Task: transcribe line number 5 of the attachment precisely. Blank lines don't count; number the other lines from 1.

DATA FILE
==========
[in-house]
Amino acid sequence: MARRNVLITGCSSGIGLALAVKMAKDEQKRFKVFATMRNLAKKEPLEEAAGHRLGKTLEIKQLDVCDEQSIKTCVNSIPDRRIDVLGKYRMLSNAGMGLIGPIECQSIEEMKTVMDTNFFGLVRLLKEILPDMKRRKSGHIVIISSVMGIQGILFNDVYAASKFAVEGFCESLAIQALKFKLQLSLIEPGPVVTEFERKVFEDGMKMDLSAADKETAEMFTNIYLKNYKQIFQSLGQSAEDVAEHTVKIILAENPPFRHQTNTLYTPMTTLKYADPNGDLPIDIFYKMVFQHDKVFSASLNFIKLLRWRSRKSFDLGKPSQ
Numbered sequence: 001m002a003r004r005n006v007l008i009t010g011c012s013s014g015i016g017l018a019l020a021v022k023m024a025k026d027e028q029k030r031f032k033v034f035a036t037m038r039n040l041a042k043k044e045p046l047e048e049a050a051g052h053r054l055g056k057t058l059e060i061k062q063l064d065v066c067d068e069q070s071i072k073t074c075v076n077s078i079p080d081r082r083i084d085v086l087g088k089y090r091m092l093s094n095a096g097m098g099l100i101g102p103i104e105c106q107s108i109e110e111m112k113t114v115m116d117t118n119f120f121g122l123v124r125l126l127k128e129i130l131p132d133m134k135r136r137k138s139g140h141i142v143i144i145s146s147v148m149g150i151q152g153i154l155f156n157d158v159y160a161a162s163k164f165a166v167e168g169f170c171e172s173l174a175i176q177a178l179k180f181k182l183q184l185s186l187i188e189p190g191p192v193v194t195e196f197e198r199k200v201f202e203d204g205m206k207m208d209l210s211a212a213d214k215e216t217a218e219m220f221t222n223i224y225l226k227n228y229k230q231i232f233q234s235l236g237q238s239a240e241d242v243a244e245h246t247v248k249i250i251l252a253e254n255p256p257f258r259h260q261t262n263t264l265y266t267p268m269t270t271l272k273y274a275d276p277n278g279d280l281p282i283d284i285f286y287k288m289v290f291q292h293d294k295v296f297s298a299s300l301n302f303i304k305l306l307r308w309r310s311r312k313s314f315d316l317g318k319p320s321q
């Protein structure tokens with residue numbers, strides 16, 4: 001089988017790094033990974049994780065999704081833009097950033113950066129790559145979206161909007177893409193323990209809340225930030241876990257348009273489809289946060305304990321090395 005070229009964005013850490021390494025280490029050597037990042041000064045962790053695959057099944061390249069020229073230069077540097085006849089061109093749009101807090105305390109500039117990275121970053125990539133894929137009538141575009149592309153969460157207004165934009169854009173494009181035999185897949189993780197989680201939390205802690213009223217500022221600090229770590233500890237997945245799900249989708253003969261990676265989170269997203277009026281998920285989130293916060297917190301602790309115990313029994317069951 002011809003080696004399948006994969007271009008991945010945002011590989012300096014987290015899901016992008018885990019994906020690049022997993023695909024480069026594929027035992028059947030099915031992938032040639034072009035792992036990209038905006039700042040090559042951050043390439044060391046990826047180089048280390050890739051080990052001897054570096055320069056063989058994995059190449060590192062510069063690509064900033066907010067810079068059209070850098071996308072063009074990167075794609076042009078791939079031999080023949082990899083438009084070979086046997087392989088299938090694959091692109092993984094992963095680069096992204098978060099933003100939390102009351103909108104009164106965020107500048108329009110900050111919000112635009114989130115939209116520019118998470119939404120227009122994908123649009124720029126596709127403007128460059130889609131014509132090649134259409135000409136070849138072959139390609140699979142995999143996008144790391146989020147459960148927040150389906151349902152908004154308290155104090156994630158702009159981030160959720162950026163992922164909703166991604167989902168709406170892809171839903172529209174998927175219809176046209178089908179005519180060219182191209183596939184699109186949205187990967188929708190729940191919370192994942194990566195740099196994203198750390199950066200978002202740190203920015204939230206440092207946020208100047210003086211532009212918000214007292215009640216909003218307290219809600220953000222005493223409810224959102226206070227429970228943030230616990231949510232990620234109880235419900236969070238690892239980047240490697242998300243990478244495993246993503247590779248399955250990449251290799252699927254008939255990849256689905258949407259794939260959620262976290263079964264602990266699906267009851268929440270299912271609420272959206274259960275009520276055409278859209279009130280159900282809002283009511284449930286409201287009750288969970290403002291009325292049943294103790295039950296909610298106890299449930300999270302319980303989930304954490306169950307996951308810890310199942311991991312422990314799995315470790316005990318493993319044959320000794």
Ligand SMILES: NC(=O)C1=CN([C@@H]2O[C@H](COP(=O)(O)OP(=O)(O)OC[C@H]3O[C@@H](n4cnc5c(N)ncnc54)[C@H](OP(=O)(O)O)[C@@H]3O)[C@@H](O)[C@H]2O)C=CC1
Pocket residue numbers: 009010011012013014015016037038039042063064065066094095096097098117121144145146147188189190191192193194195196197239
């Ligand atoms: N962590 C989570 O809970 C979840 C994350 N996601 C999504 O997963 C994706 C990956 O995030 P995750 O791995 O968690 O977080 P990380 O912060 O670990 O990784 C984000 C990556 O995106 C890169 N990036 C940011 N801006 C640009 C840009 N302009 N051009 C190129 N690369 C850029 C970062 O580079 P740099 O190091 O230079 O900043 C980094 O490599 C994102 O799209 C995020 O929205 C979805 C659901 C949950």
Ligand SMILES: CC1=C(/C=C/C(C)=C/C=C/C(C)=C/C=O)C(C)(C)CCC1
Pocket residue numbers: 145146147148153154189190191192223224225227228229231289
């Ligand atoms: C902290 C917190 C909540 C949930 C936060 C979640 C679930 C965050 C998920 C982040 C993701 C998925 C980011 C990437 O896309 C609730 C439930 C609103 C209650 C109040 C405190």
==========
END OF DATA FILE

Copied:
Ligand SMILES: NC(=O)C1=CN([C@@H]2O[C@H](COP(=O)(O)OP(=O)(O)OC[C@H]3O[C@@H](n4cnc5c(N)ncnc54)[C@H](OP(=O)(O)O)[C@@H]3O)[C@@H](O)[C@H]2O)C=CC1